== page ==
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Wilson McCoy's Phantom Art Reference Materials

One of the world's most iconic comic book covers is Batman: The Killing Joke (right) which features the Joker holding up a camera in front of his eye in a classic ‘Smile!’ pose. What some may not know is that artist Brian Bolland drew the image based on a photographic reference of himself posing for the cover. Other famous mainstream artists like Jim Lee and Alex Ross also use photographic references for their work.

This is far from just a modern thing, with a very similar story for many Phantom artists including grandfather of pop Wilson McCoy, Moonstone cover artist Douglas Kluaba and current Frew artists Jamie Johnson & Paul Mason also employing the technique.

Ray Moore himself had a Phantom bust made up by Wilson McCoy that he would hold and rotate for a reference for the Phantom's face as far back as the 1930’s.

Of course today with modern gadgets it is simple and virtually instantaneous to use digital photography, but it has not always been that way. Back when Wilson McCoy and even Klauba and Bolland for his Killing Joke cover they used photographic references that needed to be developed and returned, which of course meant more time and more planning.

Below is a collage of example photos Jamie Johnson posted on social media as he was preparing his cover for Frew #1793 (the centre of his 22nd Phantom saga triptych).

Douglas Kluaba has also graciously shared several examples of the photographic references he used for his famous and iconic Moonstone covers with us. We will show these next week and are also very proud to announce that he will also be special guest on an upcoming podcast – more details to follow.

However we need to take some time to focus on Wilson McCoy, who was doing the same thing back in the 1950's when it was far more tedious and costly to do.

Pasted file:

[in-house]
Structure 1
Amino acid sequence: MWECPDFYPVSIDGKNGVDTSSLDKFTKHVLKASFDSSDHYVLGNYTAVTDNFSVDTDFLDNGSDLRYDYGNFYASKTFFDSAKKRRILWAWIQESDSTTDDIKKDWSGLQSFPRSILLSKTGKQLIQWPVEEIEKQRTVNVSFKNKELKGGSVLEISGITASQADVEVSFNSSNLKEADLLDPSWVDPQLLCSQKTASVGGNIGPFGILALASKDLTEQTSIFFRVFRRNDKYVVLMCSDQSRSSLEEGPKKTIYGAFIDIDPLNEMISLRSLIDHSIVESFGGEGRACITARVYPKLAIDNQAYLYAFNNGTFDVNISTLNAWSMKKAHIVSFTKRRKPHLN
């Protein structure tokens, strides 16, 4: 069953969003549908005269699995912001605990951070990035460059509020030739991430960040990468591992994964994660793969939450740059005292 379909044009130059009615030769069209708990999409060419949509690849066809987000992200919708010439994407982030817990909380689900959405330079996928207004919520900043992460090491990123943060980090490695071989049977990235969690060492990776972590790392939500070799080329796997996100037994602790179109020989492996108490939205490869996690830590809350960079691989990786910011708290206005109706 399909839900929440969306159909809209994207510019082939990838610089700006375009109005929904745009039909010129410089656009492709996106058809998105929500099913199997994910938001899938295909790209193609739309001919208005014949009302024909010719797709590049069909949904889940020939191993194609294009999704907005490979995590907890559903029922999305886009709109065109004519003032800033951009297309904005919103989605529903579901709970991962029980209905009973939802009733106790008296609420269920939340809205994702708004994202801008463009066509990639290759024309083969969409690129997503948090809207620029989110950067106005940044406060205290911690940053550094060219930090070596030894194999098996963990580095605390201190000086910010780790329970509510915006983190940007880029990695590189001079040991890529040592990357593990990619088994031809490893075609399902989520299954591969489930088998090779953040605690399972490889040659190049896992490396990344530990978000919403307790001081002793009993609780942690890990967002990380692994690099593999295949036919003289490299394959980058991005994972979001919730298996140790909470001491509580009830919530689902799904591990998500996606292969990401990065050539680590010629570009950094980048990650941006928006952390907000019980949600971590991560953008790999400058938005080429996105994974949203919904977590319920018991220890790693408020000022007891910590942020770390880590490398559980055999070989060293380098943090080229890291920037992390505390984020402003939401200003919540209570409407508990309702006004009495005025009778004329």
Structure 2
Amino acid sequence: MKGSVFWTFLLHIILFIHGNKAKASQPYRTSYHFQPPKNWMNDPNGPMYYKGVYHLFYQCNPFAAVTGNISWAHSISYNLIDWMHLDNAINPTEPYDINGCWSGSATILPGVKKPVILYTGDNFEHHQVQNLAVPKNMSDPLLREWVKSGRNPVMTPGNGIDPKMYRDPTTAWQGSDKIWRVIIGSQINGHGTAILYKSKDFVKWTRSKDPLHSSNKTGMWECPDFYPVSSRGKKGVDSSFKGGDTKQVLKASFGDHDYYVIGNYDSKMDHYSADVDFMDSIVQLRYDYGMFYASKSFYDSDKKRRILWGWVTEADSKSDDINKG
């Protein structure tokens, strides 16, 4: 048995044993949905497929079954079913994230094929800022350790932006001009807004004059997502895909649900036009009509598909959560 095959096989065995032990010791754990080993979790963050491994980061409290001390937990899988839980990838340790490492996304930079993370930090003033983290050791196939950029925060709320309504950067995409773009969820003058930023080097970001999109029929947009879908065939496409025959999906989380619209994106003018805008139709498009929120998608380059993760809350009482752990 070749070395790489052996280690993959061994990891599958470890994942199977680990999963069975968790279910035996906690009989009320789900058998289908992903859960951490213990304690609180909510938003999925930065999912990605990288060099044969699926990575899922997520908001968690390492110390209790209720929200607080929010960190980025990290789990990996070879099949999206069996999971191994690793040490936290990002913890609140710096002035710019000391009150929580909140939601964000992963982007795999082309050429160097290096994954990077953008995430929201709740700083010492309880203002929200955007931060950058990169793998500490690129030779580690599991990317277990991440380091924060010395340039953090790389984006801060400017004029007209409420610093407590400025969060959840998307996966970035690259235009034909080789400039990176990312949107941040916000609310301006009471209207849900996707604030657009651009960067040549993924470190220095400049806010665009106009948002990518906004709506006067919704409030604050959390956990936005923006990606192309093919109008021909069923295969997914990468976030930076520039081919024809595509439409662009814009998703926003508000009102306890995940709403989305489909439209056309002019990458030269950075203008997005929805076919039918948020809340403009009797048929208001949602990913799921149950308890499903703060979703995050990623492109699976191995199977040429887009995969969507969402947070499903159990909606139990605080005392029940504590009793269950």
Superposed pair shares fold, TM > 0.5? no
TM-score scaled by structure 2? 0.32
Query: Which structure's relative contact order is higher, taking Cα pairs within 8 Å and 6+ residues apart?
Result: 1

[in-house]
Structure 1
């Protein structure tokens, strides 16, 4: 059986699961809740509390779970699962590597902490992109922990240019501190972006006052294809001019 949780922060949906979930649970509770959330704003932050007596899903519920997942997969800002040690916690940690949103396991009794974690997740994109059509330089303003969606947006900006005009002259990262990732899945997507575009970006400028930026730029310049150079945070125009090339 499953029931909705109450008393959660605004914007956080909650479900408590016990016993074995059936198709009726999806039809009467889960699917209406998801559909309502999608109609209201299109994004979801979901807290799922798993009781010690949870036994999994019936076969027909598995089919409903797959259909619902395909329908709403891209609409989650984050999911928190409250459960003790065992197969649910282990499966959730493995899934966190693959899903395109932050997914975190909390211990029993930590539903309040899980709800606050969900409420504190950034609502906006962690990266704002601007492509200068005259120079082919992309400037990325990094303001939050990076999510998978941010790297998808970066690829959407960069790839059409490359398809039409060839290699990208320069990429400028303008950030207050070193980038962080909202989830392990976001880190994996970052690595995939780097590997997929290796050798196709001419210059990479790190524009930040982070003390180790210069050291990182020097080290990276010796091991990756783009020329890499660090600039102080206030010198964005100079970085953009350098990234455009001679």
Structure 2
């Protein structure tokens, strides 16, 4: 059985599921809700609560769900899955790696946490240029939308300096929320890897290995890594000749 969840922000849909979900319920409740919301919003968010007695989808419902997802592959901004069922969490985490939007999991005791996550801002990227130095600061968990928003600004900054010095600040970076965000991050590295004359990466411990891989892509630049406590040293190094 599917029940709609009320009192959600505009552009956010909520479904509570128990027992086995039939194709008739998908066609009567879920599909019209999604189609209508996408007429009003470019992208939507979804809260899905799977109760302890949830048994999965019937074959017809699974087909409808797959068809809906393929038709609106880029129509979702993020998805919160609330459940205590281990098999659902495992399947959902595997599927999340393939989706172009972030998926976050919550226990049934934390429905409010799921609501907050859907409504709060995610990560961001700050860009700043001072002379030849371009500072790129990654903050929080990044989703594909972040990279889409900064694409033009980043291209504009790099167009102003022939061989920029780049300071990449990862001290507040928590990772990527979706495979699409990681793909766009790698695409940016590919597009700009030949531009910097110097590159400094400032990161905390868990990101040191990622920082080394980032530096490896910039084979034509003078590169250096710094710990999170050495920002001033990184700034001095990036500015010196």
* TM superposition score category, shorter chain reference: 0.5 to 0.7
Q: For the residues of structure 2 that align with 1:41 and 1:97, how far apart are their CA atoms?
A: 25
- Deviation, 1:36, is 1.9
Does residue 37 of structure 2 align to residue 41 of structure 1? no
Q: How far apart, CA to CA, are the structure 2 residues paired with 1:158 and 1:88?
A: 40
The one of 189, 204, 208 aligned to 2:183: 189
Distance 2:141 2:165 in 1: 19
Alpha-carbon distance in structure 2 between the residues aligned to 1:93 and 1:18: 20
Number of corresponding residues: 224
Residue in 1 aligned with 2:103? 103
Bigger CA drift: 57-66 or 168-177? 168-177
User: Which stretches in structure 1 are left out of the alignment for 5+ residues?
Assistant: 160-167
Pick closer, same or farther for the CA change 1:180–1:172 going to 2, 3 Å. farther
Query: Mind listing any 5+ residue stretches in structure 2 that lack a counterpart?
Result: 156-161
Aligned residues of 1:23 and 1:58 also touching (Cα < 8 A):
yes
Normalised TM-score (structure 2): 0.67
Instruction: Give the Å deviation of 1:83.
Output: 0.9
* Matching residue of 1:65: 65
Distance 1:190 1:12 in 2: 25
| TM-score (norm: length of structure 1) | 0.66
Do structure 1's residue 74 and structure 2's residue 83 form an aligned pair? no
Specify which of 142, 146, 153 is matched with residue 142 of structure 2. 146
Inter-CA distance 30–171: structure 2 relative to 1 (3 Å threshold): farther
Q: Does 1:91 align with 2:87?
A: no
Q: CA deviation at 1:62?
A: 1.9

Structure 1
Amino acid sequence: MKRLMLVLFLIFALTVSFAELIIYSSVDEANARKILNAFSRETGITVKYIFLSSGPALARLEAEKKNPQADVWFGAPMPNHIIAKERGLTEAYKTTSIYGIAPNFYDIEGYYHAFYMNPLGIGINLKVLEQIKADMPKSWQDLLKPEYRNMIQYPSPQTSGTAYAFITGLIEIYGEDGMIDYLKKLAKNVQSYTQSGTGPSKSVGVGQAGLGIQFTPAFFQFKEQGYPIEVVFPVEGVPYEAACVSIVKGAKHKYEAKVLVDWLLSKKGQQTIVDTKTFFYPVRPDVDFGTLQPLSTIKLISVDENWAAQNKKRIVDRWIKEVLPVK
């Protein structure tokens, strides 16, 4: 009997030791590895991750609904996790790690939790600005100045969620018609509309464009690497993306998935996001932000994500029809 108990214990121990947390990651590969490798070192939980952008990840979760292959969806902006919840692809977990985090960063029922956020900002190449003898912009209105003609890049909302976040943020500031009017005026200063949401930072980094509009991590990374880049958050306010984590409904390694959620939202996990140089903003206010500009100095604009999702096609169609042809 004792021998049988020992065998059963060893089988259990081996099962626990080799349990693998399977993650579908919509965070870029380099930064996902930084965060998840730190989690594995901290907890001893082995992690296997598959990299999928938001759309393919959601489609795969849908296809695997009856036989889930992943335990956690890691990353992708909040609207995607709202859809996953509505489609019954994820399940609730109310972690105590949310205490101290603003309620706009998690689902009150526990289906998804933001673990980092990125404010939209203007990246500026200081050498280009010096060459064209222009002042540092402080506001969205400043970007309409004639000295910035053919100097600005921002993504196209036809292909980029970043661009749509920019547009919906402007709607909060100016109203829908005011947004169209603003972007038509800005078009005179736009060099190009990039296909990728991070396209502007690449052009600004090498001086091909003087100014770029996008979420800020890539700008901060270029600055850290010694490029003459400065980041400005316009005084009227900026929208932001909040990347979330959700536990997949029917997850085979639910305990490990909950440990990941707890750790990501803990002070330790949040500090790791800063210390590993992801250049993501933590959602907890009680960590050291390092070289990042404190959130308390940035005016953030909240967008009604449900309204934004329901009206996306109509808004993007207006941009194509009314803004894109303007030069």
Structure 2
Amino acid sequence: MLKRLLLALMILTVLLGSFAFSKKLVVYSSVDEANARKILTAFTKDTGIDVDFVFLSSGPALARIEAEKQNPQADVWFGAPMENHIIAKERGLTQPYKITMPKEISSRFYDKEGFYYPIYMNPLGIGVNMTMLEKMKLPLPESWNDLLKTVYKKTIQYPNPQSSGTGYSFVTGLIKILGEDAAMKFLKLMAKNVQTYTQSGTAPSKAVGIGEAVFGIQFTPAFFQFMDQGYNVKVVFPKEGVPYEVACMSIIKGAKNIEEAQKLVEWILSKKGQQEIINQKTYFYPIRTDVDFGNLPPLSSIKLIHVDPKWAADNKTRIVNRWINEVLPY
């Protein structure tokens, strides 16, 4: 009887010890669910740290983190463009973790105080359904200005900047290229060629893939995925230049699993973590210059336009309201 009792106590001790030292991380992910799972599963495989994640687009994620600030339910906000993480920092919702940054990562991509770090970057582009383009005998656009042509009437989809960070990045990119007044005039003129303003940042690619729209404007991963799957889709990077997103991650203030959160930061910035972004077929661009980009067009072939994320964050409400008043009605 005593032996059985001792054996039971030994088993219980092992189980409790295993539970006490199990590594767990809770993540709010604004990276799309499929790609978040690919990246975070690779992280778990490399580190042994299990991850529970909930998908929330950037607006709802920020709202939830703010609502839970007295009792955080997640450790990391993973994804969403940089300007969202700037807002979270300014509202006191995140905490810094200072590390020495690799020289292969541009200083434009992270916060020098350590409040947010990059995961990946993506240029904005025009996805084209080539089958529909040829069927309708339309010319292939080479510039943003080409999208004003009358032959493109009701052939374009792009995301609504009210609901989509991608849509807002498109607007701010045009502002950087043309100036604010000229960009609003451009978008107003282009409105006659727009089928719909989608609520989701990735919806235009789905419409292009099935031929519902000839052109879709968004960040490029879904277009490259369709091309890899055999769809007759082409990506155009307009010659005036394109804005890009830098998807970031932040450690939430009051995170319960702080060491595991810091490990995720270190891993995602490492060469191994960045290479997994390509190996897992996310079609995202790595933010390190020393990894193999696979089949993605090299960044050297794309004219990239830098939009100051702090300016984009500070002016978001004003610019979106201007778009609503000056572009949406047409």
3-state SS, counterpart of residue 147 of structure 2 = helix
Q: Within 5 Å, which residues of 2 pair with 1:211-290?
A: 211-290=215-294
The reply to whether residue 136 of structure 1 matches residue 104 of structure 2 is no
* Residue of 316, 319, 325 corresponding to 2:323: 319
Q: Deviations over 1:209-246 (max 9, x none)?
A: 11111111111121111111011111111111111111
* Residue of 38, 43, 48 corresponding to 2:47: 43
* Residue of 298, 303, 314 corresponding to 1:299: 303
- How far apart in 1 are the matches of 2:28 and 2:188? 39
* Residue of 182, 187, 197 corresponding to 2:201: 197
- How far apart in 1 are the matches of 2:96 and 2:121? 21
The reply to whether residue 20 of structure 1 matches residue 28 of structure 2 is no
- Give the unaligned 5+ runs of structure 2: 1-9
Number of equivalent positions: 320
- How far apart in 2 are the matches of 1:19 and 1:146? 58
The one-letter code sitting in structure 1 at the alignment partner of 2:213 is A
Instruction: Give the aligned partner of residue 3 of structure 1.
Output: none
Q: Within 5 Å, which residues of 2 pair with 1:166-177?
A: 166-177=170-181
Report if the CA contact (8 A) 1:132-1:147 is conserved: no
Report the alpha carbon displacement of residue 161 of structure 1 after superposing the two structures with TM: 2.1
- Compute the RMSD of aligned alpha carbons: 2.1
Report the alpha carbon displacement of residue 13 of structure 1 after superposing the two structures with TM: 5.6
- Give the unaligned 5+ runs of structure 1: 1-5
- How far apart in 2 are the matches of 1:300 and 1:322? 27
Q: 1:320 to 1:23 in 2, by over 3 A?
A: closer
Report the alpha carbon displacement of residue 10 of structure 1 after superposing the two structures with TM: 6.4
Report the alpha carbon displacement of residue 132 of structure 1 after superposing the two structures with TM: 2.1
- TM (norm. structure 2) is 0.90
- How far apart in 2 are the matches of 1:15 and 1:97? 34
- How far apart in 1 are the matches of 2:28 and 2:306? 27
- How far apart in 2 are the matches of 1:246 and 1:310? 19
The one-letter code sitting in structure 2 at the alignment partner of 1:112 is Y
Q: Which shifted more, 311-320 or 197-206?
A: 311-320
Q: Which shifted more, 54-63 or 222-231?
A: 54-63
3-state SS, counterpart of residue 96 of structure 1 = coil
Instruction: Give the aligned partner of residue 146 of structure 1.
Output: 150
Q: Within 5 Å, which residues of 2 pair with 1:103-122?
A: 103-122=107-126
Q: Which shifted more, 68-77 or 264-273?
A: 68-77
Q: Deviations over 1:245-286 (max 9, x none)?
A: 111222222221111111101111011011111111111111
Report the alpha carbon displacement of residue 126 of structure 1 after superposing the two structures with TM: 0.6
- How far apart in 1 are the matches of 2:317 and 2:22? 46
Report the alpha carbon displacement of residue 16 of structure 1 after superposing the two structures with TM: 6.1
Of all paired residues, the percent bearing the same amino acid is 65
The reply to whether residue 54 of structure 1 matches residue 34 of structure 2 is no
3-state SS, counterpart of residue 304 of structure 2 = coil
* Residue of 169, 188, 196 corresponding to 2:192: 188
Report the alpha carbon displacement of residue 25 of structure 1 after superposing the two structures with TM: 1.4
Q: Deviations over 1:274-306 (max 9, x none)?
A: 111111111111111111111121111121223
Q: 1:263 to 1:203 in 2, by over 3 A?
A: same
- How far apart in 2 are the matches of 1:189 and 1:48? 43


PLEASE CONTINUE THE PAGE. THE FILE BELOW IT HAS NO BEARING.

In the 1996 Winter edition of the Friends of the Phantom newsletter (Patreon supporters can read it in our P3 section), Ed Rhodes published an article revealing the lengths that Wilson McCoy went to to ensure his work was authentic, including travels to Morocco, Egypt and the Belgian Congo.

He returned with photographs, slides and movies, as well as artefacts suck as bows, arrows, and drums. McCoy also brought back a lifetime of stories including: studying and befriending the Bambuti (Mbuti) peoples of the Ituri forest after being threatened by their poison arrows; being jailed in Cairo accused as a spy for unauthorized photography; suffering from acute food poisoning; having travelers cheques stolen; and he was even chased by rhinos and elephants in the wild.

Among his utilities for recording source material was a double camera he devised himself. This was used to photograph a scene from two vantage points simultaneously or to instantly make color and black and white references. Another tool was a full length mirror with a 35mm remote control camera mounted in its center, stationed in a small steam heated, air conditioned studio on his property at the McCoy Barrington estate.

His own house featured as Lily Palmer's country house. Below is an image of the McCoy's Barrington estate that was used in various stories, as well as a panel it featured in from the 73rd Daily story The Betrothal, which appeared on 28 March 1959.

But it didn't stop there. Whenever he needed human references, McCoy would plan a pose and use himself or his family for a photographic reference using a mirror or one of his other utilities. His daughter Carol was Diana, while his son Robert was often used as a model for the Phantom. His wife Dorothy (who often lettered the strips) also posed for Aunt Lily.

See here some samples of photographs Wilson McCoy took of his family and himself for panels in the Sunday story A Proper Husband from 12 February 1956. You can compare the full Sunday page with the source photographs he used for these panels.

Click on the images below for a closer look at each panel and the original source.


A huge thank you to all who have helped with this article: Jamie Johnson for the usage of his above photographic references; Paul Mason for the Brian Bolland reference; the Wilson McCoy references images were sourced from the Wilson McCoy website; and Ed Rhoades & Pete Klaus for their research into the artist for their Friends of the Phantom newsletters.

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